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People 3 minutes 06 July 2017

Industry Insider: On The Importance of Creating a Culinary Playground

Chef Beppe De Vito of one-Michelin-starred restaurant Braci tells us how he created his own culinary oasis.

Industry Insider ingredients Italian

For the last twenty years of working, pioneering, and opening dining concepts in Singapore, I’ve always been pulled into creating restaurants to fill at least 80 covers per service. For years, we’re used to running covers for 200, sometimes 300 people a day at one restaurant alone. With big restaurants, there’ll always be menu considerations to factor in. “How can we make the service efficient while still giving the finest experience?” While we don’t compromise on the quality, we have to be realistic with the recipes we create and sacrifice ideas that we know won’t be operationally friendly for a busy restaurant that needs to serve 30, 40 tables in a short amount of time.

I’ve always wanted to do something like Braci but couldn’t, as I knew I had to fulfil my financial stability first. Thanks to the success of the other restaurants under our wing, I’ve been freed of any consequences that may come from relying solely on a small restaurant.

With Braci, I knew I wanted a destination, and I also knew that this intimate pocket of space could allow me to have my own private kitchen, an oasis where I can be free to create food without the restraints of a larger restaurant. I can experiment with unique and rare ingredients, and I can introduce a new dish on a whim with the day's freshest seasonal ingredients. It is this creative license for chefs to constantly draw influences from their surroundings that gives the biggest stimulus to keep learning and innovating.

SEE ALSO: Why Restaurants Still Cook Their Own Staff Meals At The Expense of Time And Effort
Chefs Beppe De Vito and Mirko Febbrile.
Chefs Beppe De Vito and Mirko Febbrile.
But more than anything, the food at Braci is personal. I keep dishes light and fresh, yet rich in flavours. It is a combination of my heritage as an Italian growing up in Puglia and the travels I’ve made around the world over the decades.

On my bi-annual trips back to Bitonto, I’d check out my own orchard and visit the local growers and artisans to learn more about their history and produce. For example, on my recent trip, I was working with various farmers on getting their produce better-packaged to be sent to us directly in Singapore, as well as visiting century-old bakers to study more about bread-making.

I have a vested interest in the sourcing of the ingredients we use too. Besides going to Australia and France to personally taste and understand the ingredients at their places of origin, I’d make at least four trips a year to visit Japan to locate small, local farmers and chefs from different towns.

Growing up in Italy, food is about freshness and seasonality of the produce, while also making the most out of a few ingredients. Seeing the way Japanese chefs treat each ingredient with immense respect and in various ways is one of my biggest sources of inspiration.

SEE ALSO: Industry Insider: Cooking With Line-Caught Fish
Braci's romanesco dish.
Braci's romanesco dish.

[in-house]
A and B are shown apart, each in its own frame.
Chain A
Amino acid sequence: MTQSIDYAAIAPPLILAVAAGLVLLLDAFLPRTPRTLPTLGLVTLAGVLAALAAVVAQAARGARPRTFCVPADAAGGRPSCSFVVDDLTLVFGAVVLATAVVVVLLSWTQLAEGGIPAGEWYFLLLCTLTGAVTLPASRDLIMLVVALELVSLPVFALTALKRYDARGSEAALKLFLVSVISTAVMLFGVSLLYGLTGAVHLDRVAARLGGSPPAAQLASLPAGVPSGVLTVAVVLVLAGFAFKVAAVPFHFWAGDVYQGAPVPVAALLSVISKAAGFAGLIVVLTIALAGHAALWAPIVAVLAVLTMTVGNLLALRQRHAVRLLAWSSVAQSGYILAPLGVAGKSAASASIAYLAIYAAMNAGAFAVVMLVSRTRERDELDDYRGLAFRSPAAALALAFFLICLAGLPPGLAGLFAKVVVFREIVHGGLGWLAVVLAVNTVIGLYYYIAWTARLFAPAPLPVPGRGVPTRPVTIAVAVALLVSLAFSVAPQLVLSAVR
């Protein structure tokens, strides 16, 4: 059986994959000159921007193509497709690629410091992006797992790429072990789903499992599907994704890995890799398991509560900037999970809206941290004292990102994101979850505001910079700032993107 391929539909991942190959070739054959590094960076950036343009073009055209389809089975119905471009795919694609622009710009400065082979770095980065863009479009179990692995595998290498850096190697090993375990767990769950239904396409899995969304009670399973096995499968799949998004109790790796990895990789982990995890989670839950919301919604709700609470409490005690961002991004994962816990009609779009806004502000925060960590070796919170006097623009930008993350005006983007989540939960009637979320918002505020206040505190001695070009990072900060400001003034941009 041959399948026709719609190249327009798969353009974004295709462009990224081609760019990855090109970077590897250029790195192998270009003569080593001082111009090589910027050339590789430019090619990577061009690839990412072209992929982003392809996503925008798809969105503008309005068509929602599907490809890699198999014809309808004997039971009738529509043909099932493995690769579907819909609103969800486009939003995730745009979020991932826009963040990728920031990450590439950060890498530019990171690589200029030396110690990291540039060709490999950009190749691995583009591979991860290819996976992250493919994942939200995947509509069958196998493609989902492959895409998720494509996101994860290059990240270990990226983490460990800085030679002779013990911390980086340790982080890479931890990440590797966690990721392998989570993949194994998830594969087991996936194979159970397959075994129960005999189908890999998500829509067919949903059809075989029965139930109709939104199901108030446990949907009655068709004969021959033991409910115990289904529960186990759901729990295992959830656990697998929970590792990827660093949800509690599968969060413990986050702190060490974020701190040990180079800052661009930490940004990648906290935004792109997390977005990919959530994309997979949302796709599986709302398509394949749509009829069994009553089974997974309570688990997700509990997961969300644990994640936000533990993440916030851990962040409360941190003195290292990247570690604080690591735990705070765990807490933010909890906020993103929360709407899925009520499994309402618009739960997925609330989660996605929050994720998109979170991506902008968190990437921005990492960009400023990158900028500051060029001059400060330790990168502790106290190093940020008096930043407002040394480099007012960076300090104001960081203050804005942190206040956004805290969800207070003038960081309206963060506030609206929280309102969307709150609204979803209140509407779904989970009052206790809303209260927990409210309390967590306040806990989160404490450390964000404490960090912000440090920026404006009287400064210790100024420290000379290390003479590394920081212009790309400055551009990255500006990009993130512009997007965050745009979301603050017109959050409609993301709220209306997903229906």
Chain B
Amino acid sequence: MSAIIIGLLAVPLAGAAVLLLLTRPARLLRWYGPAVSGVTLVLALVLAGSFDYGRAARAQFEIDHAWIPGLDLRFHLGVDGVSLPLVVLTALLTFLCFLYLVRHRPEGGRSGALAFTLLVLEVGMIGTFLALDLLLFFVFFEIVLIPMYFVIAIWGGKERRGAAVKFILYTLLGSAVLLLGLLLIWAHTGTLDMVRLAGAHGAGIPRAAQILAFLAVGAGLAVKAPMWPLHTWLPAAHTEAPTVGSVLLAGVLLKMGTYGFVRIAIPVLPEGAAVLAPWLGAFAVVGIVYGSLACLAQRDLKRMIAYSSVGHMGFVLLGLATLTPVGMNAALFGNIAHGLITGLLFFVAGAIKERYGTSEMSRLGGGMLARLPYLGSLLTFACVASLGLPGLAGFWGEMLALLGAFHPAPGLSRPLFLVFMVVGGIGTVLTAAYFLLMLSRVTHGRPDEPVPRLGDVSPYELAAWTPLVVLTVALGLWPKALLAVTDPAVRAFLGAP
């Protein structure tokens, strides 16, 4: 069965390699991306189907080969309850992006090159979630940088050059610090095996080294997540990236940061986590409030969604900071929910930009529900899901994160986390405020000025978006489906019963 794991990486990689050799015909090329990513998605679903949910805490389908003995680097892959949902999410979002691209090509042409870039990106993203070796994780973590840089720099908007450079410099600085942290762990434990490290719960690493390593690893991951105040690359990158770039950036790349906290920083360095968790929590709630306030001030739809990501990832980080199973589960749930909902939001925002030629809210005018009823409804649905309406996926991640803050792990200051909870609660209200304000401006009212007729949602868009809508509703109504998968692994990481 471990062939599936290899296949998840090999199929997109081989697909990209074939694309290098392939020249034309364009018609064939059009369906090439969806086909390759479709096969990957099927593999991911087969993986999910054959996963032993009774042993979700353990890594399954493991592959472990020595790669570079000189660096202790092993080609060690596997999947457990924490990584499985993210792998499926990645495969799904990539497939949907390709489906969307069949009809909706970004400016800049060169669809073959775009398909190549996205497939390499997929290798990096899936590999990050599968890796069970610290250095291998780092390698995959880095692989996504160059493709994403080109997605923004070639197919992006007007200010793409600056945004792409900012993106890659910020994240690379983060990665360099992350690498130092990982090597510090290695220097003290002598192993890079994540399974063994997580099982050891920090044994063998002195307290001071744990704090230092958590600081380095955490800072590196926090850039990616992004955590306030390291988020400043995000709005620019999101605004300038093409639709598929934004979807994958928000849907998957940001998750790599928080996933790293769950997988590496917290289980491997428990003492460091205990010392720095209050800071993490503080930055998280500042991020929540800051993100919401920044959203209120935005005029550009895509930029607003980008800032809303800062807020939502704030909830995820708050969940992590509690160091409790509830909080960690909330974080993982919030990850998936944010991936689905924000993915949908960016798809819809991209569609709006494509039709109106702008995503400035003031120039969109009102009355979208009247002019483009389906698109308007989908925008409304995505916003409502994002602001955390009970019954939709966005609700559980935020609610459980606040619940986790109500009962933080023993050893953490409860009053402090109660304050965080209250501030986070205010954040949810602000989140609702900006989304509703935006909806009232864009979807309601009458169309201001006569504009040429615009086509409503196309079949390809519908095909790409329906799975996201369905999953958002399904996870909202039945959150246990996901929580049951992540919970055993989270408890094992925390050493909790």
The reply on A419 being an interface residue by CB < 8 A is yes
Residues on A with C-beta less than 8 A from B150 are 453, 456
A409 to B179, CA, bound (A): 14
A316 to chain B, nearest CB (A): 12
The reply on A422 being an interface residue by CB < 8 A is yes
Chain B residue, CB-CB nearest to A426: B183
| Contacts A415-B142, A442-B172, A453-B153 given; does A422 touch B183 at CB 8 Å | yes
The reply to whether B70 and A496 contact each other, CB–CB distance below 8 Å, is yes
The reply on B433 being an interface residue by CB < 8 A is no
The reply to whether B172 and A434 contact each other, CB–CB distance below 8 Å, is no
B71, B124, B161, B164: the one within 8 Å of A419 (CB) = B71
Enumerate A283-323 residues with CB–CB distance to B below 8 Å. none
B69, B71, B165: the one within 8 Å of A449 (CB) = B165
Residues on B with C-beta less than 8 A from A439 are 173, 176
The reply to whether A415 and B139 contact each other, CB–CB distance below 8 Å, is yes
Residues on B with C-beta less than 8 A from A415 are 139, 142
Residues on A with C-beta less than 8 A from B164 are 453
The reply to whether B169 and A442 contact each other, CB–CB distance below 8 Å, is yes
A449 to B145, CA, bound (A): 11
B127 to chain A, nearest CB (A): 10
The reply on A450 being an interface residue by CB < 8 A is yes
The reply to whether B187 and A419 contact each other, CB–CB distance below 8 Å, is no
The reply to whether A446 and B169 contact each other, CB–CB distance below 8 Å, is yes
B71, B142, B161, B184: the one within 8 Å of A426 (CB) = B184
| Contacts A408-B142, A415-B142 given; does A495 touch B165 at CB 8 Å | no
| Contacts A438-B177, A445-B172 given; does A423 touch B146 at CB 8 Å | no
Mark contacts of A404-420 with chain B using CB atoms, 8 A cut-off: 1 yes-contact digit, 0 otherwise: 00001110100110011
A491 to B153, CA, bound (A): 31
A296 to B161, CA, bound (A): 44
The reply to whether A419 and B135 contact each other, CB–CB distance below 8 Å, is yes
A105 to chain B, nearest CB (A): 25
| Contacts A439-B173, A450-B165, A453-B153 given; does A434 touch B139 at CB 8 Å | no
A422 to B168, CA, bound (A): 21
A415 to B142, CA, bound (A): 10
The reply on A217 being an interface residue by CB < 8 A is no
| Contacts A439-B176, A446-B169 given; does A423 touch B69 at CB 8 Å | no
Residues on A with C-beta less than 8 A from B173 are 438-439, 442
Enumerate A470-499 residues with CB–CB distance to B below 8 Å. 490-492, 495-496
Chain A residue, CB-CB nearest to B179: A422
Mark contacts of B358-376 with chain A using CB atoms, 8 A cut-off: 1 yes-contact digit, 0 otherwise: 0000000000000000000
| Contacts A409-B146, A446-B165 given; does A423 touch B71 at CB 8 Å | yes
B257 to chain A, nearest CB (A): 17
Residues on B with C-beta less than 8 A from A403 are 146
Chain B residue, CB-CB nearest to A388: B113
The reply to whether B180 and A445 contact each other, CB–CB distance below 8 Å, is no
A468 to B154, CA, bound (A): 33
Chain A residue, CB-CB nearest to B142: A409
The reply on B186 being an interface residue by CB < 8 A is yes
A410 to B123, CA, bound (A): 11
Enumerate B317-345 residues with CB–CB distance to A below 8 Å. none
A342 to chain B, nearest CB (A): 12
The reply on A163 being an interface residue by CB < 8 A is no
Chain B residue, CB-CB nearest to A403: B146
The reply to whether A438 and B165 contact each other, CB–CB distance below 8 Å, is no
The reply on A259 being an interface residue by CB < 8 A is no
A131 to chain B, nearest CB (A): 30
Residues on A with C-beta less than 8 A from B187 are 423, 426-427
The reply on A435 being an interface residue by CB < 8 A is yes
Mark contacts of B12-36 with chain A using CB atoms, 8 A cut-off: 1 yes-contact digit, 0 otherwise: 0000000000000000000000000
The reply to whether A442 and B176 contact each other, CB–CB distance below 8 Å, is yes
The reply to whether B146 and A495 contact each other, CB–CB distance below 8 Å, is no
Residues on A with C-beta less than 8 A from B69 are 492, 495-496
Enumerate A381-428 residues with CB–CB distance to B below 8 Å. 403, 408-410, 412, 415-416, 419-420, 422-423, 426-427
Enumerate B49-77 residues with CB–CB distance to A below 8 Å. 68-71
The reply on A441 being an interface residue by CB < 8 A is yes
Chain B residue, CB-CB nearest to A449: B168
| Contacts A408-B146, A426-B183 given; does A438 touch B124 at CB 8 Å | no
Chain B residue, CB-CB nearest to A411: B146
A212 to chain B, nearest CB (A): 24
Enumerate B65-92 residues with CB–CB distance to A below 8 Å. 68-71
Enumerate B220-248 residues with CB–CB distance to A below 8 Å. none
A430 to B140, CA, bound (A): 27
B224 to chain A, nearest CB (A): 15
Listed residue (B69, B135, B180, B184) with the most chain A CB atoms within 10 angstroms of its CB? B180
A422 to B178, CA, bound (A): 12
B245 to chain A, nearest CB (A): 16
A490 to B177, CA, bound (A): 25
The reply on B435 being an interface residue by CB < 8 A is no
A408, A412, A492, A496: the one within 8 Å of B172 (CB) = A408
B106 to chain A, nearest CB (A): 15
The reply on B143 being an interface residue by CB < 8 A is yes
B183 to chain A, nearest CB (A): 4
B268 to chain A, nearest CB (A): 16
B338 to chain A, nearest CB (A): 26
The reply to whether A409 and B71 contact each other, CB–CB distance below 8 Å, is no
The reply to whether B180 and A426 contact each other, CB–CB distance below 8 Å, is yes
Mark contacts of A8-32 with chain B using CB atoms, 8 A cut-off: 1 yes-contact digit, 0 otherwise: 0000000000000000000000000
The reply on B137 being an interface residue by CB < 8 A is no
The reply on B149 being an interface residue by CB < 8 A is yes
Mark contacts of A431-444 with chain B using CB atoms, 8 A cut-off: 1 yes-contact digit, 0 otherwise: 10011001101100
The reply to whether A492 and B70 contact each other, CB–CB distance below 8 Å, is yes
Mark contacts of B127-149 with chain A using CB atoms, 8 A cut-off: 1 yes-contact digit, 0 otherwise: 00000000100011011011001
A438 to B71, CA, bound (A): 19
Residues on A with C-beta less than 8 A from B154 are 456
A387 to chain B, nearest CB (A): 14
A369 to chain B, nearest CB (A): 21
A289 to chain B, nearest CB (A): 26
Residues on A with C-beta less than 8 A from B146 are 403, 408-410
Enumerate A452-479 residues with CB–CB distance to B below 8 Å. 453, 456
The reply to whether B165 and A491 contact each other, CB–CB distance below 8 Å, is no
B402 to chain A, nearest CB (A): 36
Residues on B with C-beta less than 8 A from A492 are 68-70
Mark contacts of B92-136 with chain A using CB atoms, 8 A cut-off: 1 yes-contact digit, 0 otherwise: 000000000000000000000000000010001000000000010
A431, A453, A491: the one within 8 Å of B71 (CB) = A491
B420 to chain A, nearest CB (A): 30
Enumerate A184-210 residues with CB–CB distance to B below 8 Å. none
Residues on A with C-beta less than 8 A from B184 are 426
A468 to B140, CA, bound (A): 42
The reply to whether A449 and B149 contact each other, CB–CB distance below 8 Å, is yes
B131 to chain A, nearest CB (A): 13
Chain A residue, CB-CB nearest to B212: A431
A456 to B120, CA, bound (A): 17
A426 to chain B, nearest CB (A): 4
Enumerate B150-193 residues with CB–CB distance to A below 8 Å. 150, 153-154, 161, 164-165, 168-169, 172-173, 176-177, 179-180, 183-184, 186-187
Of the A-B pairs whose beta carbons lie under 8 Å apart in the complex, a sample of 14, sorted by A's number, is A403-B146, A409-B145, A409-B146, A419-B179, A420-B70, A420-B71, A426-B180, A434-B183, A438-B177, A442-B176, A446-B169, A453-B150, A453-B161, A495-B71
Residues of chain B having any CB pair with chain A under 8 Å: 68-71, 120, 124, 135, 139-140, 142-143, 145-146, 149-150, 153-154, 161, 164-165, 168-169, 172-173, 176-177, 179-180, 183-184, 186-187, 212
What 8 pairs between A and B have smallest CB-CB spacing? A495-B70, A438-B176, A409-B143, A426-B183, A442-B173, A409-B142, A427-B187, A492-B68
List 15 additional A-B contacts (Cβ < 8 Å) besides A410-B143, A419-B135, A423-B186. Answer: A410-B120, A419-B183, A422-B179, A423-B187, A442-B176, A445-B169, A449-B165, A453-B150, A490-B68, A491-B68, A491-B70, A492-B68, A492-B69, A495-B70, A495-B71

Coming from an area that was one of Italy’s first to earn a Denominazione di Origine Protetta (Protected Designation of Origin) appellation for its olive oil, extra virgin olive oil has always had a special meaning to me. At Braci, we’ve been serving and cooking with oils made from the olives from my own orchard, and now we’re testing out infusions with fig leaves and wild fennel to dedicate a one-off flavour to be used in our cooking.

My Mediterranean roots have also drawn me to my love for vegetables, from mushrooms, wild artichokes, heirloom fruits, to white and black truffles; at our own orchard, my father would cultivate seasonal greens that we send to Singapore, or my father and brother would still forage for wild vegetables till this day, that we bring in to the restaurant.

From Adriatic scampi – which for example, has a naturally sweet taste due to the saltier waters of the Italian sea – to the Australian Jade Abalone, seafood is another category of ingredients I particularly favour.

SEE ALSO: Chef Lino Sauro of Gattopardo: Sustainability Is About Respecting The Cycle of Life
The interiors of Braci.
The interiors of Braci.
The twenty-seater restaurant of Braci is where I can share these stories; just like in a cosy Japanese omakase restaurant, Braci is where I can “play” with the beautiful produce we get in seasonally, and share with the diners on the details of each dish: the concept, the ingredients used, where they are from, the preparation methods, and so on. From the set menus (which are always customised by us on the spot) to the individual dishes, the menu ultimately offers a sense of discovery and surprise.

The role of the chefs is no longer just about being toiling in kitchen; it’s also about sharing our vision and passion for food with the diners. The private kitchen enables an intimate conversation between chefs and diners about food; our diners have enjoyed those little bits of moments when we go to them to explain both our ideals and ideas behind each dish.

Is Braci my ultimate dream? No. There are so many parts of Italian cuisine and culture that I still want to elevate in Singapore’s dining scene, which I aim to do so one restaurant at a time.

But in a nutshell, you can say that Braci defines the Beppe De Vito in three different “eras” – then: the maître’d, now: the chef, and always the Italian restaurateur.

Recommended reading: Hungry for more? Check out these Industry Insider, Italian and Ingredients stories.

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